By David Turk, Founder of Indiana Market & Catering
January 21, 2006
What is Customer Service??
What is service? Unfortunately, it seems that the idea of “customer service” and making a commitment to it being an integral part of our business’s culture, has become just another faddish initiative for many of us. Because genuinely serving others for their happiness has its personal risks: It is easier to offer lip service to its development, instead of allowing it to permeate every part of ourselves, our employees, our businesses and our industry.
The dictionary meaning of the word service is to serve, or to provide somebody with something. But in very personal terms, which is what service as we know it in this industry is all about, means to give of yourself unconditionally, without strings or without expecting anything in return, in order to fulfill someone else’s needs.
How does an organization deliver excellent Customer service? Let these three simple steps guide you:
1) Hire the right people, people with a positive attitude, those with a passion for making people happy
2) Identify customers needs
3) Take action to fill these needs
It’s important that we understand a very important principle, and that is that people aren’t really out to buy products or even services, but rather they are out to fulfill a need.
And just what are those needs? Well, a human being’s needs can be broken down into four categories…..
The need to love and be loved (the need to feel welcome and accepted)
The need to live (live well, the need for comfort, convenience and ease)
The need for variety or change
The need to feel important
Service to others is not a to-do, something to be checked off one’s laundry list of things to accomplish today. It is, however, a personal dedication and commitment to others that must be felt by you before it can exist in the others around you. If you demonstrate that you really care about your customers, provide top notch service, and fill these basic needs, you will distinguish yourselves from the pack.
In my effort to help other caterers become more effective at truly taking care of their clients, I have developed what I call “The Ten Commandments of Customer Service”. Here are the first five; the other five will be discussed in a follow up article.
The (First Five) Commandments of Customer Service
1) Fire Your Customer Service People (and if you don’t have them, don’t hire them) Isn’t it amazing that some companies have a customer service department? Customer service is too vital a function to be left to a special department. Customers judge the service they receive by the contact they have with everyone at your company. So, if a delivery person tracks mud into your client’s living room, your customer is going to remember you as the caterer that tracks mud into people’s living rooms. They will have thought that they got poor service no matter how pleasant you have been with them.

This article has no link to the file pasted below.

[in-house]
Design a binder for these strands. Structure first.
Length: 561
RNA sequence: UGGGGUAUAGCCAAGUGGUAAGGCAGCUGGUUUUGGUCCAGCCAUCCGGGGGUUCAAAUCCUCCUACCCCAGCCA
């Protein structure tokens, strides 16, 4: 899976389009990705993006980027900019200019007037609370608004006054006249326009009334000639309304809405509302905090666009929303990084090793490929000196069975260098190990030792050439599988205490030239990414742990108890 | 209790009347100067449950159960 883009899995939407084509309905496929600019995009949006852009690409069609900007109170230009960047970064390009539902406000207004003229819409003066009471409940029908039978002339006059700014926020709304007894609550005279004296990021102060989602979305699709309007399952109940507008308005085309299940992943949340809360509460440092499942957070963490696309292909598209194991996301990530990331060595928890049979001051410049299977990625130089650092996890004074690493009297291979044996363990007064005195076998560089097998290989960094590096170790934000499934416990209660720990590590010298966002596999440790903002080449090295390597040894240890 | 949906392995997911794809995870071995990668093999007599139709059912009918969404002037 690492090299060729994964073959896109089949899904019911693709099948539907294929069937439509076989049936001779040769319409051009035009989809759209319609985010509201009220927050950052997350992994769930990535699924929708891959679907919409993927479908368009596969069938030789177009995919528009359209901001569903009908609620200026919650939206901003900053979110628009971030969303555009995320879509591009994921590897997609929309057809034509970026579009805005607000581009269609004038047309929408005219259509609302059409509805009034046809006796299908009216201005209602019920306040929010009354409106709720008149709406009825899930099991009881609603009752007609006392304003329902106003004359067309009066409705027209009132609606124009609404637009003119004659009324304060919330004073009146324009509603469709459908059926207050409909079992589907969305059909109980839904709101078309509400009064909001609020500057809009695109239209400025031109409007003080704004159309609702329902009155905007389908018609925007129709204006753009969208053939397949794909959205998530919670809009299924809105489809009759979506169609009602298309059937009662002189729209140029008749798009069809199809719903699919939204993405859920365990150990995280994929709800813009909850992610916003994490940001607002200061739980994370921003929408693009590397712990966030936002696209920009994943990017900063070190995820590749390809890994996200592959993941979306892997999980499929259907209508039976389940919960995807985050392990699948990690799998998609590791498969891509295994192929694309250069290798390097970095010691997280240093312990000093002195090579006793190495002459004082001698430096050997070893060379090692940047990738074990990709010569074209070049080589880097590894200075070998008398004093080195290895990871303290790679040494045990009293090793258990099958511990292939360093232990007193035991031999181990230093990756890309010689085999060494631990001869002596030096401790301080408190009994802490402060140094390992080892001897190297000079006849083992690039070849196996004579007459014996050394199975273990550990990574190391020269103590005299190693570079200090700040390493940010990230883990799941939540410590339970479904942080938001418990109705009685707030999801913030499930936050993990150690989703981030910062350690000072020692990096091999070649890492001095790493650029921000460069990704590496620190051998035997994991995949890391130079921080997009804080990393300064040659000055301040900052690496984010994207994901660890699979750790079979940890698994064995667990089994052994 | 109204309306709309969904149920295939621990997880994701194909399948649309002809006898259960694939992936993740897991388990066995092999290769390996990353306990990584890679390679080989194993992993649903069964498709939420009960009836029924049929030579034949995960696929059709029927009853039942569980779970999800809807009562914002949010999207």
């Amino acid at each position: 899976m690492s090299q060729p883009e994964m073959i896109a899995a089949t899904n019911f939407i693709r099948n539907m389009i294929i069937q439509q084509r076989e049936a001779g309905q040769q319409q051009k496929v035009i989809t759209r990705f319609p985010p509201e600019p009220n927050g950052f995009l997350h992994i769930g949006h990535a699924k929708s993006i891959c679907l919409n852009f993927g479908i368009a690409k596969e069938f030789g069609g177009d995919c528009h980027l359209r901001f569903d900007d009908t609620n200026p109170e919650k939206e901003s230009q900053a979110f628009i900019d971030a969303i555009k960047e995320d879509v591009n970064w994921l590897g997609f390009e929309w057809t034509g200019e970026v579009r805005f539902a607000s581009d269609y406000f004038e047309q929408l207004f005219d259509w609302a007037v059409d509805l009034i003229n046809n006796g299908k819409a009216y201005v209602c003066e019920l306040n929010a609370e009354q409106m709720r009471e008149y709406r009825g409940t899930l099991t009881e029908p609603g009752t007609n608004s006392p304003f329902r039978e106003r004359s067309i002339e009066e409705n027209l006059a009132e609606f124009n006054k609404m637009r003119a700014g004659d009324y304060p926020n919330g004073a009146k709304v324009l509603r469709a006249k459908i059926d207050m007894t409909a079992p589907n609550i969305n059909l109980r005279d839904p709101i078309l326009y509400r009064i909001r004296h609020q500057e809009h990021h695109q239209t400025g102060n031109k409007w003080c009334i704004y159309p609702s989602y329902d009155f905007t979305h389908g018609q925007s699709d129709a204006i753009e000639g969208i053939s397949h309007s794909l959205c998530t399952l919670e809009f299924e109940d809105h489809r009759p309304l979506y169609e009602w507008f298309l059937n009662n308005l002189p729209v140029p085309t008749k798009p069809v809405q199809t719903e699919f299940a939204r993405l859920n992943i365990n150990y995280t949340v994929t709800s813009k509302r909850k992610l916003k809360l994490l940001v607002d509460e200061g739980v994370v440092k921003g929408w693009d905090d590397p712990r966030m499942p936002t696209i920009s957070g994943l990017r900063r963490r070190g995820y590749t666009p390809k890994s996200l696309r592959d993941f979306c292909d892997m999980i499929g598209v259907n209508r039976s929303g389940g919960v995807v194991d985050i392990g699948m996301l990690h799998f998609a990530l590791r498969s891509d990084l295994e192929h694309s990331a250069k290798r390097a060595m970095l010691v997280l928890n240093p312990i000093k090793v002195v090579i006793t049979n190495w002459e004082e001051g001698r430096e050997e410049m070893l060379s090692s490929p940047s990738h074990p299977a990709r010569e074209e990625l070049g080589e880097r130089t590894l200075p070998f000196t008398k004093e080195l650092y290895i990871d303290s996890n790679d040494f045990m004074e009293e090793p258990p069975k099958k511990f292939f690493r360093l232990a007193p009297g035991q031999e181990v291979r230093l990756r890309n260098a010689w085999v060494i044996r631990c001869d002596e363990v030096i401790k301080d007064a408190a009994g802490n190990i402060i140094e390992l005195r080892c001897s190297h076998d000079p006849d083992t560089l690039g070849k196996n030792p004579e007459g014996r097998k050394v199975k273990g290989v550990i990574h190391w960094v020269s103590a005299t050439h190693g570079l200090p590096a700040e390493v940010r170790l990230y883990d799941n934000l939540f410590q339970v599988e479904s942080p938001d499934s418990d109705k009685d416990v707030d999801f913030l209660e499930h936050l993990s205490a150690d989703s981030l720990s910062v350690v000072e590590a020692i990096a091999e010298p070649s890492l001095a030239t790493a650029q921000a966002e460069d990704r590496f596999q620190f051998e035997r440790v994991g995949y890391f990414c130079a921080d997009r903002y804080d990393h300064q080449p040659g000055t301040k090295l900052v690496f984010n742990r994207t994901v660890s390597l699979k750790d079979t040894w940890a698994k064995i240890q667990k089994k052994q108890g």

Teach your managers, receptionists, waiters and delivery personnel the four behaviors of excellent service. We don’t “hire” people, we rent behavior. The four behaviors every employee must display to your customers are: Look at them, smile at them, talk to them, thank them. Customers will not take recommendations from unsmiling or indifferent servers or managers.
Every employee who has contact with customers should be empowered to solve problems. Give your employees latitude and responsibility, so they feel that they can take initiative.
2) Rely on Systems, Not Smiles
While smiling and going the extra mile are part of customer service, they are just a small part. The secret to providing good service is the creation of systems that allow you to do the job right the first time, every time.
3) The Answer Should Always Be Yes
Find a way to do what the customer wants. As long as his or her request is related to your business, and he or she can afford to pay for the service, do it.
4) Don’t Give Customers What They Want, Give Them What They Need
Get rid of what you want to do and force the mind in to a new pattern of thinking by asking the question “what do they, the customer, need”. You don’t define customer service, and neither do I. The only people who can tell you what good service is are your customers. If you want to know what they want, ask them. But asking is not enough. Once they tell you what they want, give them what they need. Go deeper with your questioning. Don’t settle for a customer’s initial response. Chances are, with a little investigation, you’ll uncover the need that the client is really attempting to fulfill.
5) Underpromise and Overdeliver
In other words, keep your word…….and more. Give more than you expect in return and make sure everyone with whom you interact feels better about themselves as a result of their contact with you.
So, if you are not prepared to keep your word, don’t use your word. It hurts people when you lead them to believe that they are important enough to expect a particular action on your part, yet not important enough when you don’t do as you said. The message it sends to that person is “You’re not that important”. So, if you tell your customer “I’ll be there at 3 o’clock”, you’d better be knocking on their door at 2:59. You’d be amazed at the results you create. Keeping your word is a discipline, a way of life.
No matter how you say it, doing what you said you were going to do will bring you financial prosperity because you become known as the seller that buyers can count on, and one who makes others feel like their time is valuable. Have you ever heard a customer complain “You guys were too good, the food was too abundant, and you were too prepared”?